Sheila Dalton studied English Language and Literature at the University of Toronto. Sheila was a freelance writer and editor for many years before becoming an Adult Services Librarian for the Toronto Public Library. She has written over ten books, including a collection of adult poetry, three children’s picture books, a literary novel, and a YA mystery which was shortlisted for a major Canadian crime writer’s award, the Arthur Ellis.
She lives in Newmarket, Ontario with her husband and two cats.
Tell us a bit about yourself.
I’m Canadian. I was born in England, and came to Canada with my family when I was six. I spent a few years in England in my twenties. I worked as a barmaid at an Aussie pub in London for a while. They loved my name, which was a good thing, because I couldn’t make change, let alone mix drinks.
What made you first decide to become a writer?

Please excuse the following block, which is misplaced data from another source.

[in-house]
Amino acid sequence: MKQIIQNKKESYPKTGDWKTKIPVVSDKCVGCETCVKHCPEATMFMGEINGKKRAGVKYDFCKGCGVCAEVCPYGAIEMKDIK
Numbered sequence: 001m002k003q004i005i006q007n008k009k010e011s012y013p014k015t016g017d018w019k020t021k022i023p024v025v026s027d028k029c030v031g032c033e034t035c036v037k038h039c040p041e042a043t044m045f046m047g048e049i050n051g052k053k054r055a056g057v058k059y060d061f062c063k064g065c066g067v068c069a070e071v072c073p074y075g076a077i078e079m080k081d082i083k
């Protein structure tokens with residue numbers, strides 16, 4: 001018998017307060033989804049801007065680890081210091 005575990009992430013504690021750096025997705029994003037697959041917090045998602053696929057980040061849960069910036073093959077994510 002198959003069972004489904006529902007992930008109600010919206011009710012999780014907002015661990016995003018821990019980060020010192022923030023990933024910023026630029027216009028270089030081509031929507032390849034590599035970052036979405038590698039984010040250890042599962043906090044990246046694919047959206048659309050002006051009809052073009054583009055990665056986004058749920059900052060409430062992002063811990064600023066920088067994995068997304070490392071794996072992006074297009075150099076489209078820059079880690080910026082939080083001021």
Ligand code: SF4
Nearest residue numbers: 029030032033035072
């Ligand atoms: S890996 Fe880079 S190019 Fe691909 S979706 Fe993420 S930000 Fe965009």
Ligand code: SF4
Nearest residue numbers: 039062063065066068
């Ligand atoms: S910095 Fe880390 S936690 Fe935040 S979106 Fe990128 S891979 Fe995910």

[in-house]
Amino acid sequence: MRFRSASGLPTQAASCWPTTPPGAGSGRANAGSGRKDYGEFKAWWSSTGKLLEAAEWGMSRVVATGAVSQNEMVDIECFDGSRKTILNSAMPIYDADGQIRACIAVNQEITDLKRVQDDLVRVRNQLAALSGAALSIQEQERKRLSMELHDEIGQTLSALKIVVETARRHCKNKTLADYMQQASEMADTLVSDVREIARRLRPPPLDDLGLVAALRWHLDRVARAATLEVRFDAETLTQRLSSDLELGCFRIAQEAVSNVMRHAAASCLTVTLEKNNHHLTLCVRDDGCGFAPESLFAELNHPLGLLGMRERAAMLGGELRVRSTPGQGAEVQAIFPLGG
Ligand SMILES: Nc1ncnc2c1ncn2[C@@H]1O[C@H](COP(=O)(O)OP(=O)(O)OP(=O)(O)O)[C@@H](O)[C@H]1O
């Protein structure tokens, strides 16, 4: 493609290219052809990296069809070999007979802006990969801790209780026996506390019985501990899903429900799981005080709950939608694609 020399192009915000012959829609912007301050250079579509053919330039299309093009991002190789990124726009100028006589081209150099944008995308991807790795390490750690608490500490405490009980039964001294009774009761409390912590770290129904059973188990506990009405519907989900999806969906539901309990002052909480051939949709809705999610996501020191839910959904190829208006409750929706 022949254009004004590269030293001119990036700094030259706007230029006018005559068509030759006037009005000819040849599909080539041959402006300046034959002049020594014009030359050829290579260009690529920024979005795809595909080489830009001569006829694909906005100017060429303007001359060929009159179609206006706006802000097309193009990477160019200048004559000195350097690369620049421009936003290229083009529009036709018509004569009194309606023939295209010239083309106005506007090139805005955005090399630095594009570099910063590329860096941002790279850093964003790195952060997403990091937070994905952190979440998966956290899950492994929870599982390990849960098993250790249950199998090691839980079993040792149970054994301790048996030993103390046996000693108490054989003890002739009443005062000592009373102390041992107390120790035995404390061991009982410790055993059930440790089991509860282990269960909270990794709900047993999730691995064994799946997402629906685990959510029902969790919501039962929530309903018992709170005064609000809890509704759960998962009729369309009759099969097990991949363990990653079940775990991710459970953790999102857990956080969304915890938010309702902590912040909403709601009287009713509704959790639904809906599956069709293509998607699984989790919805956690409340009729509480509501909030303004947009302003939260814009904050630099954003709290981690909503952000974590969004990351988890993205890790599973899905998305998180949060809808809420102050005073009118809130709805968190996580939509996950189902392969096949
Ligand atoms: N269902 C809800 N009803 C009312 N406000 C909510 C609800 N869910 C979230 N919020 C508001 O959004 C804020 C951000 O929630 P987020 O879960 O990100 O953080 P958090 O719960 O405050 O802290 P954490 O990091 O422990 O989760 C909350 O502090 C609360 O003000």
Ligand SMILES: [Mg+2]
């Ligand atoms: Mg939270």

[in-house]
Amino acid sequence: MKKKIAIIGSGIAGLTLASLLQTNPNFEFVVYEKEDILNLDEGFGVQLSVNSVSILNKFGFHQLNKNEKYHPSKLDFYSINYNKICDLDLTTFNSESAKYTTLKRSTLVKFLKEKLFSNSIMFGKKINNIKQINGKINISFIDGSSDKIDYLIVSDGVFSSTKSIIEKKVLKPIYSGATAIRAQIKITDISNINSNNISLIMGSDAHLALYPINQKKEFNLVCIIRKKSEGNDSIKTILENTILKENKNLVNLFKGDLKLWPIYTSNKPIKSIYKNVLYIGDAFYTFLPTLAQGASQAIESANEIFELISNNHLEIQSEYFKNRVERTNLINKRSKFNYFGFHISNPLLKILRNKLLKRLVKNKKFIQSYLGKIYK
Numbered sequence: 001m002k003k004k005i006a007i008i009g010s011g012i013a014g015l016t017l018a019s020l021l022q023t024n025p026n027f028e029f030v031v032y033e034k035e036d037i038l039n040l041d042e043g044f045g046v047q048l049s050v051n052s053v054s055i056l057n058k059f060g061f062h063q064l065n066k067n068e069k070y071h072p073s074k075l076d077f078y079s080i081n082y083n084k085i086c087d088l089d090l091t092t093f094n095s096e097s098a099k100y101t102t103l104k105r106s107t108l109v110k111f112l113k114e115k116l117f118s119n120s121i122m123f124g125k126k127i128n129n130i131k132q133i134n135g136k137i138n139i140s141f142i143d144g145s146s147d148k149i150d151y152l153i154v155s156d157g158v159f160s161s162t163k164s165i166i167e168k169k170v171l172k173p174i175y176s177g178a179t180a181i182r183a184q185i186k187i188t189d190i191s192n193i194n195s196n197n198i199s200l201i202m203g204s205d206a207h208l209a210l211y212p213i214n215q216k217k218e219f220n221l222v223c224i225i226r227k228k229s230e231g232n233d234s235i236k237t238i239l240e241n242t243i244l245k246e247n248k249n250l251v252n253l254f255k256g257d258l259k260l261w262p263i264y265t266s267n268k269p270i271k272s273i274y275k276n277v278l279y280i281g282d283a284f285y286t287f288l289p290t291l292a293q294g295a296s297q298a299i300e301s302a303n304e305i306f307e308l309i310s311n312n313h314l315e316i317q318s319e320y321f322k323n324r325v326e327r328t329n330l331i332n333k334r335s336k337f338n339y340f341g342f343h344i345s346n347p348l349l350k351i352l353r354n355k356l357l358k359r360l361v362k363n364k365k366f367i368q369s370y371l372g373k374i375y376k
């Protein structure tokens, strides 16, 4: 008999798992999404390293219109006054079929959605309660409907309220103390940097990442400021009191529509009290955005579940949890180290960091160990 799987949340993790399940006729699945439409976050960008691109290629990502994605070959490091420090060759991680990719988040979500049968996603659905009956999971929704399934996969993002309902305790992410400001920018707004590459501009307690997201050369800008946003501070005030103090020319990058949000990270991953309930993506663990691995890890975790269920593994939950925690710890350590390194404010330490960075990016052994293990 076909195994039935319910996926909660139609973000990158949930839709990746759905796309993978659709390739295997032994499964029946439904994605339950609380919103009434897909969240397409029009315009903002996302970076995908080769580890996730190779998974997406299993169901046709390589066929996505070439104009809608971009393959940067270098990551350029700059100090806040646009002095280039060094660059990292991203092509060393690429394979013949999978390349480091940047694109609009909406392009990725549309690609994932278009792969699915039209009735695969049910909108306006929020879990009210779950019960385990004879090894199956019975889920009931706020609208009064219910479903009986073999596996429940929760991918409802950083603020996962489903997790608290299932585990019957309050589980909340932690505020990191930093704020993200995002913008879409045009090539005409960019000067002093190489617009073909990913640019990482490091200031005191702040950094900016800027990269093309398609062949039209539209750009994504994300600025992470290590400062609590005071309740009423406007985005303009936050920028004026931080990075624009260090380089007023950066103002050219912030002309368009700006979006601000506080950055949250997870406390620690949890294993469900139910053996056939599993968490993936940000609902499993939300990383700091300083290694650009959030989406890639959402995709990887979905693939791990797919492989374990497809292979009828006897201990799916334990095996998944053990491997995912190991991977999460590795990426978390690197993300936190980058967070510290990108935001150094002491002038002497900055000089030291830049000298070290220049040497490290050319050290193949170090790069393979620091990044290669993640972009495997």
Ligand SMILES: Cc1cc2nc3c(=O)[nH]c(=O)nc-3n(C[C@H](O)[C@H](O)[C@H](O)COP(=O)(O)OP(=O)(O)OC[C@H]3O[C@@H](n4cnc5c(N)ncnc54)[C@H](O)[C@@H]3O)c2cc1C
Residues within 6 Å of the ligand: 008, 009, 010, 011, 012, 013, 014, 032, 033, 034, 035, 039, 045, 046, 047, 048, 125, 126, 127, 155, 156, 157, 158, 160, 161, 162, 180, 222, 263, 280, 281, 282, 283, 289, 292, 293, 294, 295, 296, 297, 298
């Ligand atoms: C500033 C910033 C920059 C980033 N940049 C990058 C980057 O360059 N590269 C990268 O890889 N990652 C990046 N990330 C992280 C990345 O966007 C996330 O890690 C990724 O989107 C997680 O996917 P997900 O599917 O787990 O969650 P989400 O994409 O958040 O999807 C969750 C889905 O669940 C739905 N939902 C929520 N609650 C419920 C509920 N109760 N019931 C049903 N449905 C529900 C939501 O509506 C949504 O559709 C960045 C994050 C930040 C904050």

I don’t think I ever really decided, I just hoped – and wrote.
Can you tell us about your latest book?
The Girl in the Box is about a mute Mayan girl who kills the man who rescues her from a windowless shed in Guatemala, where she was kept chained by her parents.
What inspired you to write it?
An extended trip to Guatemala in the seventies, during the Civil War there. I saw a lot that shocked and moved me. Also, my experiences with Vipassana meditation, an analyst I knew, my own questions about love relationships, my growing feeling that political stances of any kind were deeply flawed, and stories I read about traumatized or damaged people who were misunderstood and mistreated. I had also been thinking a lot about how different cultures affect each other.
What is one thing you hope readers will take away from this book?